Photo: A Somali National Army (SNA) soldier walks past a fighting vehicle of the African Union Mission in Somalia. © United Nations/ Stuart Price
Moreover, AU member states have not always provided unified or consistent approaches to armed conflicts within the UN Security Council. The AU's approach to Libya in 2011 and, more recently, its response to the crisis in Mali have been inconsistent and at times contradictory vis-à-vis sub-regional initiatives. While AU member states with seats on the Security Council were unanimous in support of resolution 1973 concerning Libya, fissures emerged when South Africa opposed the NATO-led intervention.
A deeper question compounds these challenges: Which organisation should move first in the event of crisis? Under the UN Charter, the Security Council has a primary mandate to maintain international peace and security. In executing this mandate, the Council is not sub-ordinate to other bodies. It is also not subject to the timetable or capacities of regional organisations.
However, the ambitious tone of the Constitutive Act has created space for AU member states to act outside the purview of the Council. For example, South Africa's deployment of more than three thousand forces in the eastern Democratic Republic of Congo was an independent decision taken by the government, though the troops are affiliated with the UN stabilisation mission there. Those forces are also organised within the peace and security framework of the South African Development Community.
It is obvious that the UN and the AU need to cooperate closely to deliver security in Africa. However, this collaboration must reflect the challenges at hand. The existing expectation that AU and regional groupings must independently make decisions, which are then simply validated and paid for by UN member states, is unreasonable.
Building Productive Partnerships
While cooperation has intensified in recent years, the African Union and United Nations must increase and improve collaboration in the maintenance of peace and security on the continent. The UN-AU Ten-Year Capacity Building Program can help energise the partnership. The AU and the UN should harmonise their approach to crisis management and peacekeeping, as well as mobilize their resources to bolster regional security, whether political, civilian, or military.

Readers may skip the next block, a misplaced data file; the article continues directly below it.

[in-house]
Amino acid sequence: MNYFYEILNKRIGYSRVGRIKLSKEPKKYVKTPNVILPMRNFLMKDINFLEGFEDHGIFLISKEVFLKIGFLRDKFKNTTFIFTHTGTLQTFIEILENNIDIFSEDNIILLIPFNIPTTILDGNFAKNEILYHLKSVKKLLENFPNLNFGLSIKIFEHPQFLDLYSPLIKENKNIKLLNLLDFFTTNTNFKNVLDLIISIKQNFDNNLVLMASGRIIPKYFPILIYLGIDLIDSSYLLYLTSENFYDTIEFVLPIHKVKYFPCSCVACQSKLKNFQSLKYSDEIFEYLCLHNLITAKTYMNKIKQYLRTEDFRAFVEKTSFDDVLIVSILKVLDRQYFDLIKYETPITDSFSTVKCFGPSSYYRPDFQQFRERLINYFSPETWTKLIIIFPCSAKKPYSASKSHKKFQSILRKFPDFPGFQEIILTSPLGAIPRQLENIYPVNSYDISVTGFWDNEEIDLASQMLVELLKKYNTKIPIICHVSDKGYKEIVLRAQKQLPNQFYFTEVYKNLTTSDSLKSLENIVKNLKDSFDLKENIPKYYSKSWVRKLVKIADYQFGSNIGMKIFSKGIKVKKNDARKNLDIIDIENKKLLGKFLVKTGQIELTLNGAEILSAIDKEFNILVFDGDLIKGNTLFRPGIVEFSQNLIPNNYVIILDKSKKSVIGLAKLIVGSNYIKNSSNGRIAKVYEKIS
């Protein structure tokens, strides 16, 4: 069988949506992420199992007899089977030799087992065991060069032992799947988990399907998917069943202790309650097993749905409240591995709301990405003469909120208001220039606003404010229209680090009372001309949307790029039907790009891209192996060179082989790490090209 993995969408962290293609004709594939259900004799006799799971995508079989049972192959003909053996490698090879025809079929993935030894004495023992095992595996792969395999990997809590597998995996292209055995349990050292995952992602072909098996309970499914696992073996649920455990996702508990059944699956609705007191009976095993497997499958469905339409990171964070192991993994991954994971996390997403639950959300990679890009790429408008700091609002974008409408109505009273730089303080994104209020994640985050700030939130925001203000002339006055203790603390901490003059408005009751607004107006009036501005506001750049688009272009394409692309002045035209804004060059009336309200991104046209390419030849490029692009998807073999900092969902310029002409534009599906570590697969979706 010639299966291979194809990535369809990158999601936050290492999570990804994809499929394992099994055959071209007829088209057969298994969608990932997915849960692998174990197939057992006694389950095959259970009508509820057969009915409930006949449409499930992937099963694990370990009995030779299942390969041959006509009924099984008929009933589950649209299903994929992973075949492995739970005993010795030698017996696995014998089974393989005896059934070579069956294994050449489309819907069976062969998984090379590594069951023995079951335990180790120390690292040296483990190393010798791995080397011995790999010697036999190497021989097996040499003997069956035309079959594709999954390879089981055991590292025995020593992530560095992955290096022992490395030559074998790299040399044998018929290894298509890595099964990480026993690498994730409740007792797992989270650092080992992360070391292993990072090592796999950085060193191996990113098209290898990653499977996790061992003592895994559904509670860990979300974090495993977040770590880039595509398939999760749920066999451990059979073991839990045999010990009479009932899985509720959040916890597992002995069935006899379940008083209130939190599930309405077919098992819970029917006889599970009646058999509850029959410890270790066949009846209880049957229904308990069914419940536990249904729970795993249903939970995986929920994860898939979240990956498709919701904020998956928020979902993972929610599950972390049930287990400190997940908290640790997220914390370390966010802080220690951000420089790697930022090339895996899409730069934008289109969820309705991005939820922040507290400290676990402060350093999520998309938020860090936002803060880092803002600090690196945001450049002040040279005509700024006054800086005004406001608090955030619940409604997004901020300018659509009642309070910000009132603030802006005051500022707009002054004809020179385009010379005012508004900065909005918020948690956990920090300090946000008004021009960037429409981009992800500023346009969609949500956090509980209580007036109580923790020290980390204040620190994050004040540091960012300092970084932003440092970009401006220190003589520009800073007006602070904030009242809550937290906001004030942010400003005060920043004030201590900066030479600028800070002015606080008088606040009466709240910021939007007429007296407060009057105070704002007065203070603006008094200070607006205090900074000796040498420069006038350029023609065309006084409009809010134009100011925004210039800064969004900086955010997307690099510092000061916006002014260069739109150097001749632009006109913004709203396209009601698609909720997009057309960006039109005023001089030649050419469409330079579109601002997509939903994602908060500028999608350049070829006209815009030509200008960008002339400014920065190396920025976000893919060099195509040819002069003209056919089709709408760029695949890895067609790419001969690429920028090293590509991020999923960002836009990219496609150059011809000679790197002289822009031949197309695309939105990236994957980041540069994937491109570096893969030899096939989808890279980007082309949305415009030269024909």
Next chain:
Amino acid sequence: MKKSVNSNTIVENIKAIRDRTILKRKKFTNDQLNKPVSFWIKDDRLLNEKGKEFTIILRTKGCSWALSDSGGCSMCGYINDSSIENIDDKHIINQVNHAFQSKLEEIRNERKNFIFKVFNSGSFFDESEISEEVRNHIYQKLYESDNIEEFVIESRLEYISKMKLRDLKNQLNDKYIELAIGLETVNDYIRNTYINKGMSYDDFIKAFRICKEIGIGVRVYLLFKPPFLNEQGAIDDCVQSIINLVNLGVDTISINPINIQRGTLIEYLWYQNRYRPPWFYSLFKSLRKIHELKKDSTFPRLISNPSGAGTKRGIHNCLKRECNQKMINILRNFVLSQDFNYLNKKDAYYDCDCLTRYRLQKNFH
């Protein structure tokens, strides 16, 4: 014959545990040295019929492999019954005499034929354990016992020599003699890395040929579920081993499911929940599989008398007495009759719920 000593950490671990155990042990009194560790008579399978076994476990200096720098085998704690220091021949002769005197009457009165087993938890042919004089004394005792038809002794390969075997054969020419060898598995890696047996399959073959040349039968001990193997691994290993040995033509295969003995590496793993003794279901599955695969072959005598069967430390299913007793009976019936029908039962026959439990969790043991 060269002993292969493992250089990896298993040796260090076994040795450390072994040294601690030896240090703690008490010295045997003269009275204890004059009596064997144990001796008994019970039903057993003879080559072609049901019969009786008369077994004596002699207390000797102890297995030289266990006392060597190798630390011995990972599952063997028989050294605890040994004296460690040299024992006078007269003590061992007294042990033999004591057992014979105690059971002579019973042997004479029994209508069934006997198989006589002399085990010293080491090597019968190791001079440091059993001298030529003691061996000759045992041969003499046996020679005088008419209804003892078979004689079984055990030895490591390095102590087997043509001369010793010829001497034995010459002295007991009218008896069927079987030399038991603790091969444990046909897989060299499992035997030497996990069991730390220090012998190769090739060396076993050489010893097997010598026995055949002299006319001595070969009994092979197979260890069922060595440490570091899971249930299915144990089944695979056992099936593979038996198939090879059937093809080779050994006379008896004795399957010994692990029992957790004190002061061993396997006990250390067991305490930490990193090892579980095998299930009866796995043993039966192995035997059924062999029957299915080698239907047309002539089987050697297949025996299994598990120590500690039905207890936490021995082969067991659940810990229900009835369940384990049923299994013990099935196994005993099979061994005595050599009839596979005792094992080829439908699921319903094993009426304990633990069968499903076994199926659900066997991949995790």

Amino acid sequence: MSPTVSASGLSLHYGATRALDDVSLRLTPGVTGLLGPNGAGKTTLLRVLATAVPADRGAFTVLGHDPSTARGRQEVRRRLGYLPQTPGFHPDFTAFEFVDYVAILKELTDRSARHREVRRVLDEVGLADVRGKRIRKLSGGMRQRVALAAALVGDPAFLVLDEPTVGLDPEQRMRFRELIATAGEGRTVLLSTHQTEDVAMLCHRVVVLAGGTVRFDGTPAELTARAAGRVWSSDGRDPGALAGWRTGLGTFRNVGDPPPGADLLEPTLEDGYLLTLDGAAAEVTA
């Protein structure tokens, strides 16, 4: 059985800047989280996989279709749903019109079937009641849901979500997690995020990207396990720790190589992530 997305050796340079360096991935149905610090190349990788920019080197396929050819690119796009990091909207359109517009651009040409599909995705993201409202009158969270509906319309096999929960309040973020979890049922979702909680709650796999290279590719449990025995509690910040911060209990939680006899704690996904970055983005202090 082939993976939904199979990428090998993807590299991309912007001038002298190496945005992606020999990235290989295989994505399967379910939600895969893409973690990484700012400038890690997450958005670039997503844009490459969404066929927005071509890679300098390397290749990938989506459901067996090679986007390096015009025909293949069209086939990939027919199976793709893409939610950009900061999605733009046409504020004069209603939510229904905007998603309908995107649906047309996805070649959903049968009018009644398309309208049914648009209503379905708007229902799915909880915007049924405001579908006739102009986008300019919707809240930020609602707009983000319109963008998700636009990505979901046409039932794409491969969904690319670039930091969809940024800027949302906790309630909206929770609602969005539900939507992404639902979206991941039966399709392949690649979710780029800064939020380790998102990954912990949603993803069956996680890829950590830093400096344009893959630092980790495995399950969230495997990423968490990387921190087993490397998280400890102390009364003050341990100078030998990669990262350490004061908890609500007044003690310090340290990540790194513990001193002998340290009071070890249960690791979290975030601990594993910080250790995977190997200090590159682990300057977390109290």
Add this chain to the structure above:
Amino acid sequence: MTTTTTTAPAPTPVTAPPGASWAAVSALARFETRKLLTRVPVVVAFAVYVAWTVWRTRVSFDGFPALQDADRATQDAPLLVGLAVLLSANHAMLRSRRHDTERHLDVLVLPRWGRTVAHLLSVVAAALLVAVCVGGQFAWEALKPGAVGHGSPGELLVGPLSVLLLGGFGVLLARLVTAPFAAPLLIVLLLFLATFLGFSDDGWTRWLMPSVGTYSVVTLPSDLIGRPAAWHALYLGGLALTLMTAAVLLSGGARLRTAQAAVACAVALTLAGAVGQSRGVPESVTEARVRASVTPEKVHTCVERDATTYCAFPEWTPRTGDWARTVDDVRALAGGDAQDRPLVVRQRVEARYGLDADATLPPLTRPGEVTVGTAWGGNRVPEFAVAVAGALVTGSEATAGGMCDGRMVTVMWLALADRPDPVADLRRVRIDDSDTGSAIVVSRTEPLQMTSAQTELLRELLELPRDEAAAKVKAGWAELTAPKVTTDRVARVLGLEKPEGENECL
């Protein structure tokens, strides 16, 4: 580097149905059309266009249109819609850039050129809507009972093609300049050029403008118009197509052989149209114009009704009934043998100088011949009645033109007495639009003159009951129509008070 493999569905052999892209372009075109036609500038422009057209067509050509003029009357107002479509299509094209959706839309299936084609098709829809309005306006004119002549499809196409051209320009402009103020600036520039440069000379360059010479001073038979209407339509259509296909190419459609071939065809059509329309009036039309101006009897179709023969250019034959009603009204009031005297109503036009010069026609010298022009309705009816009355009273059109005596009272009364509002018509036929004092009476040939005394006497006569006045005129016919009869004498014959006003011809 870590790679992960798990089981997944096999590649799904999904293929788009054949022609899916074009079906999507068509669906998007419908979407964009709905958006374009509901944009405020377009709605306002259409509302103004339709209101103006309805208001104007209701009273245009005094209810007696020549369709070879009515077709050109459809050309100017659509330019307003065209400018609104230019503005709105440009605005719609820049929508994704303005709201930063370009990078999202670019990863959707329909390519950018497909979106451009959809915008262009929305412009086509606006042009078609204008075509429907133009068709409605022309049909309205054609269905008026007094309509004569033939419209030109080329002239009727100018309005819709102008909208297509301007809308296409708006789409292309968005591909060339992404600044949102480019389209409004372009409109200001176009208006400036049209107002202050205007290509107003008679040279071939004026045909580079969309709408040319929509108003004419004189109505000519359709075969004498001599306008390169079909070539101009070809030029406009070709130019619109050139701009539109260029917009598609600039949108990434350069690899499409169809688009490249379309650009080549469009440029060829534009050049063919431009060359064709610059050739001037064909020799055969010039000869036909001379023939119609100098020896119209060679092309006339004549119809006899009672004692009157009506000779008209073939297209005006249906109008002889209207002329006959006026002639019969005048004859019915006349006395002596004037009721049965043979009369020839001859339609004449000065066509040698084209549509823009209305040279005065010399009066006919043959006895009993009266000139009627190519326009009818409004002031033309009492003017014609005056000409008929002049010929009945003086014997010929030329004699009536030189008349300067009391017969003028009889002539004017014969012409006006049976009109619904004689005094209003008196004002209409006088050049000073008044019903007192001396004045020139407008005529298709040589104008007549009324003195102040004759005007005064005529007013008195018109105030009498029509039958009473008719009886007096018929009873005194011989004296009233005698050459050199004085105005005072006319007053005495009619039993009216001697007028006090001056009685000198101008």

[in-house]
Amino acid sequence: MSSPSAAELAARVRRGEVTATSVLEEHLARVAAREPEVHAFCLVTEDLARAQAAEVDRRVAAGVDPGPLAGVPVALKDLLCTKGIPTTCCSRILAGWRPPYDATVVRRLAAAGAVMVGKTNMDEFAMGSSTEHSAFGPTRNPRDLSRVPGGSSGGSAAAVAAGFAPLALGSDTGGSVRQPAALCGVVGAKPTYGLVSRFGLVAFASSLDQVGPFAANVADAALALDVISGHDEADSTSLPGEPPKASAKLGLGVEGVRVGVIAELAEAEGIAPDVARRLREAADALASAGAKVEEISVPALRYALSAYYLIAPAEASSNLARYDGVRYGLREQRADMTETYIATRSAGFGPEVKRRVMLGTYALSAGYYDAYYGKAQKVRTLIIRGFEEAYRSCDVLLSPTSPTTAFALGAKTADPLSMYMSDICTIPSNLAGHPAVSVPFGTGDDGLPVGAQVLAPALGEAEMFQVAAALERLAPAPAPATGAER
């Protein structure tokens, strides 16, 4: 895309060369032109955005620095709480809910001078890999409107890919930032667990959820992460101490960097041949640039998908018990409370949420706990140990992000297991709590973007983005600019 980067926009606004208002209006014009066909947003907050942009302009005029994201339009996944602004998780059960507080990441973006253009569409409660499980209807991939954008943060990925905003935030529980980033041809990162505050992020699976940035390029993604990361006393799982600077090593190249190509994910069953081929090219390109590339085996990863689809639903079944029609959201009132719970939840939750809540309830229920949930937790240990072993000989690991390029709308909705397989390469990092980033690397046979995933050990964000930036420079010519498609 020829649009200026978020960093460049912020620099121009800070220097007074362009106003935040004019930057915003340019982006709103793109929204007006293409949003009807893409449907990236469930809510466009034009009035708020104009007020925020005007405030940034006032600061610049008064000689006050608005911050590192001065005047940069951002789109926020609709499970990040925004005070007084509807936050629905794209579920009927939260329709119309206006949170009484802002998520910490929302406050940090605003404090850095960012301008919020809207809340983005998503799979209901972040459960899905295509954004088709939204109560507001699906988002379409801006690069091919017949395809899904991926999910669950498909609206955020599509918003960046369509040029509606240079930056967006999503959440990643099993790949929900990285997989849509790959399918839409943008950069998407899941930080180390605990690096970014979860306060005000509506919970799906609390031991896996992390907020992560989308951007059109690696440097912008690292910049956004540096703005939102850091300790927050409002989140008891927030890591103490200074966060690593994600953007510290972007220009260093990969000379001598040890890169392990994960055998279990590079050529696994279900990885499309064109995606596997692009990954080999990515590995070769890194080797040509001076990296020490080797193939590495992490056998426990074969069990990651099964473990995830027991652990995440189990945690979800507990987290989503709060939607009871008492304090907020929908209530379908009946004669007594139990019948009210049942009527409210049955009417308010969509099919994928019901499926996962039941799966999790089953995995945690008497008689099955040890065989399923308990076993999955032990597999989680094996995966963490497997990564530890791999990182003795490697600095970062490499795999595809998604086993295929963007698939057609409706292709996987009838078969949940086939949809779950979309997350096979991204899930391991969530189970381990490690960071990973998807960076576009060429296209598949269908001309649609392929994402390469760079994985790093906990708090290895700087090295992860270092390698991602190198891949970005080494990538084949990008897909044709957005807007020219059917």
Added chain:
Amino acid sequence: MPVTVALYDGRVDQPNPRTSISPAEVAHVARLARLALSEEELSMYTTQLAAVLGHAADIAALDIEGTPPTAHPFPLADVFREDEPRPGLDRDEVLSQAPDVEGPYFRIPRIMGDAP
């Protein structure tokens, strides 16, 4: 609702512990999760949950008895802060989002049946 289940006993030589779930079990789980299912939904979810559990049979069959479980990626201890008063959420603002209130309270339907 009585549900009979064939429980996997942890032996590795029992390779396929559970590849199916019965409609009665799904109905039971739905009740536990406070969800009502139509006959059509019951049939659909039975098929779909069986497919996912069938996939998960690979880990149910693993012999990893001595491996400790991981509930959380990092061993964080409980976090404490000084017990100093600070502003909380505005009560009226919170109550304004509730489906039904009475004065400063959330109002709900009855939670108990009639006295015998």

Finally, the UN-AU Joint Task Force on Peace and Security is a valuable forum that can contribute to further UN-AU cooperation. The UN should assist this process by standardising its training of peacekeepers and offering guidance from the UN Department for Peacekeeping Operations to the AU.
AU member states' aversion to external bilateral actors playing a role in the provision of security has not been helpful. Yet bilateral collaborations, such as the one between the AU/Economic Community of West African States and France in the January 2013 intervention in Mali, have proven effective.
Member states should embrace bilateral initiatives, including those of EU member states--such as the French RECAMP program, which provides peacekeeping training and military assistance, or the UK's British Peace Support Teams, which provide peacekeeping training and democratic management instruction in African states, and the U.S. African Contingency Operations Training and Assistance (ACOTA) Program. ACOTA provides nonlethal peacekeeping training and nonlethal equipment to African countries on a bilateral basis.
Tjiurimo Hengari is head of SAIIA's South African Foreign Policy and African Drivers (SAFPAD) Programme. This brief is a feature of the Council of Councils initiative, gathering opinions from global experts on major international developments. SAIIA is a member of the Council of Councils initiative, which was launched by the Council on Foreign Relations. This article was originally published on the website of the Council for Foreign Relations.